328,000 Aussies caught up in Latitude Financial cyberattack

The hack could impact shoppers from Harvey Norman, JB Hi-Fi, David Jones and The Good Guys.

Latitude Financial hack
More than 300,000 customers have had their data stolen in the attack. (Source: Latitude Financial/Getty)

Latitude Financial has been hit by a cyberattack, with hackers stealing the personal information of more than 300,000 customers.

The lender said it appeared to be the target of a “sophisticated and malicious cyberattack”, with customer data stolen from two of its service providers.

Approximately 103,000 identification documents were stolen from the first provider, 97 per cent of which were copies of driver’s licences. A further 225,000 customer records were stolen from the second provider.

The company said it detected unusual activity on its systems over the past few days.

“While Latitude took immediate action, the attacker was able to obtain Latitude employee login credentials before the incident was isolated,” Latitude Finance said.

“The attacker appears to have used the employee login credentials to steal personal information that was held by two other service providers.”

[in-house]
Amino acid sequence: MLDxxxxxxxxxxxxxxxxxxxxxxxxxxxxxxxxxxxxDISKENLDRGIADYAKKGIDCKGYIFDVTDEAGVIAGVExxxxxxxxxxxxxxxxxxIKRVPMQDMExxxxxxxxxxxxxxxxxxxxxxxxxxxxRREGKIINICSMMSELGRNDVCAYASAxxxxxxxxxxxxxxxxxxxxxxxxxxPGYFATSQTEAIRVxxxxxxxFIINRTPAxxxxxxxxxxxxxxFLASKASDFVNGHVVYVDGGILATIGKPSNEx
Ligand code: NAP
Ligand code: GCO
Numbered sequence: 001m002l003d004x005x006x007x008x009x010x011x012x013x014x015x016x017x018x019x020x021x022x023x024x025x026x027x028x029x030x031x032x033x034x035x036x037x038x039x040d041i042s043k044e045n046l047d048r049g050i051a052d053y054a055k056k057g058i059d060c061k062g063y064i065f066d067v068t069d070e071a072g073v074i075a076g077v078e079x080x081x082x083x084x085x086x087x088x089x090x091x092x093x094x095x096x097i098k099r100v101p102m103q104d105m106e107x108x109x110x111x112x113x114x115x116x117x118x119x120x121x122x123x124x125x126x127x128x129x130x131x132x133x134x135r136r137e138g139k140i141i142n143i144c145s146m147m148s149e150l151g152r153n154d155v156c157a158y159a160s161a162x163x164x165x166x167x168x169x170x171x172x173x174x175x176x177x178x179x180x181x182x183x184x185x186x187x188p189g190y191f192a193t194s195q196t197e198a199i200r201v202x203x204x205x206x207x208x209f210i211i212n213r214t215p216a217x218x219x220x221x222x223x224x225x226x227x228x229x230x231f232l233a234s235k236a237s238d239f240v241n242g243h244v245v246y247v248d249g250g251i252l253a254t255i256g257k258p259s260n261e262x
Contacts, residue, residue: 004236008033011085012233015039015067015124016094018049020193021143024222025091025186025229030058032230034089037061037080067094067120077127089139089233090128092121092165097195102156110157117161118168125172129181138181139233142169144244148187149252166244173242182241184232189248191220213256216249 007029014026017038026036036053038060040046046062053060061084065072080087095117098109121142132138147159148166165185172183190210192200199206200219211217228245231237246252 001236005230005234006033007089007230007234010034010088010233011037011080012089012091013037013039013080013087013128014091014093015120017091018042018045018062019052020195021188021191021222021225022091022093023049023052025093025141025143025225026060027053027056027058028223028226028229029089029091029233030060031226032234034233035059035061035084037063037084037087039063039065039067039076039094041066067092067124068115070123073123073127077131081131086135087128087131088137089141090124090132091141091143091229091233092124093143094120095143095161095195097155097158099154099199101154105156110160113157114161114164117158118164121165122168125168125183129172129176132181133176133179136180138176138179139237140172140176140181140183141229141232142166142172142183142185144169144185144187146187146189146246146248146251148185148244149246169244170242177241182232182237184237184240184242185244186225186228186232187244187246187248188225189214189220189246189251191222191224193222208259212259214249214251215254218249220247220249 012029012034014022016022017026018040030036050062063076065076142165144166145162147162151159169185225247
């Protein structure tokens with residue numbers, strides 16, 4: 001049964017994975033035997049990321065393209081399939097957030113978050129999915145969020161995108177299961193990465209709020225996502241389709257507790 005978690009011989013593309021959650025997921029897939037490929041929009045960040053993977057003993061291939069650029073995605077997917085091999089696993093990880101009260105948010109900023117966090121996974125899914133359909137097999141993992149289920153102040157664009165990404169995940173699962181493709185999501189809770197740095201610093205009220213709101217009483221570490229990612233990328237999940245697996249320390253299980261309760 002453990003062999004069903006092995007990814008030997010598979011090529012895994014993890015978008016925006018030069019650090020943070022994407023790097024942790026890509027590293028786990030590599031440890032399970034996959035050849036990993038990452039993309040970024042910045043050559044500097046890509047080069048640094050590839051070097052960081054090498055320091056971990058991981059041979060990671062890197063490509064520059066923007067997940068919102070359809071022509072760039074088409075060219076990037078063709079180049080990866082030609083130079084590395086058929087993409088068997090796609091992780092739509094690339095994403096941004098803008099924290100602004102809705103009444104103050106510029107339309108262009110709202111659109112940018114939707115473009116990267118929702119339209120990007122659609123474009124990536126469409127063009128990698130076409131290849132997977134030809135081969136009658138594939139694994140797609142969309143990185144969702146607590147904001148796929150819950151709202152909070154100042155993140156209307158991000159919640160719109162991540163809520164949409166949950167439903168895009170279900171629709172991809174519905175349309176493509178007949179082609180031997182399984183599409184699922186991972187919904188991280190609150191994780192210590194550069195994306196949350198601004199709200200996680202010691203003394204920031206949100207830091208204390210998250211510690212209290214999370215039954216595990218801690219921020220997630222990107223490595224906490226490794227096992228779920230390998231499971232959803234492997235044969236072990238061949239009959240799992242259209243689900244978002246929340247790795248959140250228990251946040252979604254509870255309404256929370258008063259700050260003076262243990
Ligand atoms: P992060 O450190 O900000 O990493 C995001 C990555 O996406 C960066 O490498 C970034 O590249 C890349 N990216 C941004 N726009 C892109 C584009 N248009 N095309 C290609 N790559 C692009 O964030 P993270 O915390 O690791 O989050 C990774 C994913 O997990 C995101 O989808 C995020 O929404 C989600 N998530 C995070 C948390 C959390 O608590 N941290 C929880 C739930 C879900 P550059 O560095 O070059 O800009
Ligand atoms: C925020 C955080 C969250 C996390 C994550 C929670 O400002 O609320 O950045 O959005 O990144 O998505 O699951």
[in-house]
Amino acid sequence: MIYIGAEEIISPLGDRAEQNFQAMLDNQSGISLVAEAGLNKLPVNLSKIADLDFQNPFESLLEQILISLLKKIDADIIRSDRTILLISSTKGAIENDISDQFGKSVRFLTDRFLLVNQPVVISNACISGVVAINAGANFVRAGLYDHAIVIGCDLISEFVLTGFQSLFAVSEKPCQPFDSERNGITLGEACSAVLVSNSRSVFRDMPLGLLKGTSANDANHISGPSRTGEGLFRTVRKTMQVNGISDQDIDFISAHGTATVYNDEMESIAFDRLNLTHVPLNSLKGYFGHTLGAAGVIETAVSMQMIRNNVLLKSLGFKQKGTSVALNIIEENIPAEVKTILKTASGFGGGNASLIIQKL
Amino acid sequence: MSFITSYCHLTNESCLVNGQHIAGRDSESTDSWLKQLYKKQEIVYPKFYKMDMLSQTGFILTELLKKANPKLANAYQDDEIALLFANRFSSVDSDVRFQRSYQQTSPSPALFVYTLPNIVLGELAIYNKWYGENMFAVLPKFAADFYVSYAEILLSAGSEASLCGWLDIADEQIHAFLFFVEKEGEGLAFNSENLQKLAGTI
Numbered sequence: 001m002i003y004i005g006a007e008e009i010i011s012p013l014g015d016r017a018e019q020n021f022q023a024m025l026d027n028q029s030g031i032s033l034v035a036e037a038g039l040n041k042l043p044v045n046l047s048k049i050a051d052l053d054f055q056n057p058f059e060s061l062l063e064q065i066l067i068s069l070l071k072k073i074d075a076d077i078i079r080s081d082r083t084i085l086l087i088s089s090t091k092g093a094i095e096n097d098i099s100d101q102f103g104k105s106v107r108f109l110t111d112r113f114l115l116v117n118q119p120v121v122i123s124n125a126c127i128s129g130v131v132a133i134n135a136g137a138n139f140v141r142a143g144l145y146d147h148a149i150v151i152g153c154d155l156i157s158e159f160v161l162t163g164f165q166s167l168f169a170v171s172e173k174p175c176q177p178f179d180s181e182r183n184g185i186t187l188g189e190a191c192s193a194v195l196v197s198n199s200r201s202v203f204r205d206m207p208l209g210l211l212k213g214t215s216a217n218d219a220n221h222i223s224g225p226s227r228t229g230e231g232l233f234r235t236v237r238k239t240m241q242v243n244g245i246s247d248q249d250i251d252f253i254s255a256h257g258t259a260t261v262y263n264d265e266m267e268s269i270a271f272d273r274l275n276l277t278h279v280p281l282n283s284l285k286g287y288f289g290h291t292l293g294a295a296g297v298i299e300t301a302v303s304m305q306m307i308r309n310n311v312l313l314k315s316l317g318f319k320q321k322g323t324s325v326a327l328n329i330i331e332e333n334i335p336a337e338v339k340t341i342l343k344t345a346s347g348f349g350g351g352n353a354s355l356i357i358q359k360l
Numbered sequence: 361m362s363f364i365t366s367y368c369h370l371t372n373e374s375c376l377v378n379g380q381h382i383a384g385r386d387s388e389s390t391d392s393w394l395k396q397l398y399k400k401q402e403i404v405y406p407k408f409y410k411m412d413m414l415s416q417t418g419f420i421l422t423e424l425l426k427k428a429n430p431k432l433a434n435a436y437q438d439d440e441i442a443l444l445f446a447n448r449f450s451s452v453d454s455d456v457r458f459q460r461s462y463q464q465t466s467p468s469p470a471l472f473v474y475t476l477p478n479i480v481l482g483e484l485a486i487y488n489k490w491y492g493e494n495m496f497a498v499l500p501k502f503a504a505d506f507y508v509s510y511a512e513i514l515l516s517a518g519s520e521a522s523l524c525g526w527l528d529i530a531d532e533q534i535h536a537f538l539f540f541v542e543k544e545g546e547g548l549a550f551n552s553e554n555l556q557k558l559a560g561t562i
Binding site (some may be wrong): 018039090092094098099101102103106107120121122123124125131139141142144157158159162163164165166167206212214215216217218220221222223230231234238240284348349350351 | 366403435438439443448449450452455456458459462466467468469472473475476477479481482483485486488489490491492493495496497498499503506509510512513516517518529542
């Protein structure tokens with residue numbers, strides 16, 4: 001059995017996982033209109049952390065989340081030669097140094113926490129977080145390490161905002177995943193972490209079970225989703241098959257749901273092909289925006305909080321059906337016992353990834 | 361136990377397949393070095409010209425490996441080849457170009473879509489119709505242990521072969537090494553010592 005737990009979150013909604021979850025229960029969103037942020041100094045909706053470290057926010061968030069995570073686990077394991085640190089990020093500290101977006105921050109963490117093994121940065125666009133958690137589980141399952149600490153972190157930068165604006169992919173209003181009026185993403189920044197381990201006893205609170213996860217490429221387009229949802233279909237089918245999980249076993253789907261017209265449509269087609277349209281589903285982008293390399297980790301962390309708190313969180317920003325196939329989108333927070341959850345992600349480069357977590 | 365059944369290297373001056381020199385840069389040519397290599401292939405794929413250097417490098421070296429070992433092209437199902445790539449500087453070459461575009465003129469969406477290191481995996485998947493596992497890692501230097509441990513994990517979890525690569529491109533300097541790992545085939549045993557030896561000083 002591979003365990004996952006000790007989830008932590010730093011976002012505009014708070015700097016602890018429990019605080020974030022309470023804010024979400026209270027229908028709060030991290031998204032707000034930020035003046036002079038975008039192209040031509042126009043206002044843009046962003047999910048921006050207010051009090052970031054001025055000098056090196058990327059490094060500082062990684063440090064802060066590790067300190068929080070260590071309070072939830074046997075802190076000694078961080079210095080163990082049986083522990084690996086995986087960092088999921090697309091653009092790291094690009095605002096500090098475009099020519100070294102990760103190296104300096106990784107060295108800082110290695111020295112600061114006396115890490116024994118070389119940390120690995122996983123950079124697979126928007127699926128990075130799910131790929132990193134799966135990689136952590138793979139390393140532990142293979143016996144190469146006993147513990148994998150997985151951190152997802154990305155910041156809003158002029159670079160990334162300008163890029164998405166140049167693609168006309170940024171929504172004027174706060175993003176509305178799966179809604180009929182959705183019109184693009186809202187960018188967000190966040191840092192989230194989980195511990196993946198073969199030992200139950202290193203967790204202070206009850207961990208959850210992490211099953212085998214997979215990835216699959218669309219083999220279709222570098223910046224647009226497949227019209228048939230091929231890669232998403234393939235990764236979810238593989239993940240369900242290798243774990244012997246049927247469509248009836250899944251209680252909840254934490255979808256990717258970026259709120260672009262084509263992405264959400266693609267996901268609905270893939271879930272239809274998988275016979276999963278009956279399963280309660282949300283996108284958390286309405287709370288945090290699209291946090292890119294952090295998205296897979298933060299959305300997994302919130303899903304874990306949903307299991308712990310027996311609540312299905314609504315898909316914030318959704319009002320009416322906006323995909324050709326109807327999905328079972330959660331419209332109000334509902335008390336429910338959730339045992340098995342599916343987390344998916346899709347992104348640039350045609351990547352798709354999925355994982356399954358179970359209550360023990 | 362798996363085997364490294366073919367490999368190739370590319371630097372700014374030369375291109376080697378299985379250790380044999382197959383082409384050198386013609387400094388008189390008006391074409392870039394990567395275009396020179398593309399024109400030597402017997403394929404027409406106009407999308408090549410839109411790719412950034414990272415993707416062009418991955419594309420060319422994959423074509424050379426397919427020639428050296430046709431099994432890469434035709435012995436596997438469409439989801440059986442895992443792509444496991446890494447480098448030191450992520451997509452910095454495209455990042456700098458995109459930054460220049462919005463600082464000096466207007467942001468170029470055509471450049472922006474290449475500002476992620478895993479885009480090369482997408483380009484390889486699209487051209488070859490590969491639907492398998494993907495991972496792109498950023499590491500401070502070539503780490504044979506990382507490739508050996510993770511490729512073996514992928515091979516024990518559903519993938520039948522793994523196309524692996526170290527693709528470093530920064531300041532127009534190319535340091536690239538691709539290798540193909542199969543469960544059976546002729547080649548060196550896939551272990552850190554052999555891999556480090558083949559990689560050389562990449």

Latitude Financial is a provider of credit cards and loans, as well as providing a buy now, pay later scheme to retailers such as Harvey Norman, JB Hi-Fi, David Jones and The Good Guys.

Last month, the lender announced it would be closing its buy now, pay later LatitudePay on April 11.

What to do if you are customer

Latitude Financial said it would be contacting impacted customers directly.

“At this stage, there is no other action required by our customers. They should maintain a normal level of vigilance on their accounts and report anything suspicious through our Customer Care team,” the company advised.

Latitude Financial said customers could continue to transact, however it had shut down a number of internal and customer-facing systems, which was causing disruption.

Aussies have been hit with a number of cyberattacks since last year, including attacks on Medibank and Optus, as well as retailers like The Good Guys.

Several law firms are now in the process of taking legal action against Medibank and Optus to seek compensation for impacted Aussies.

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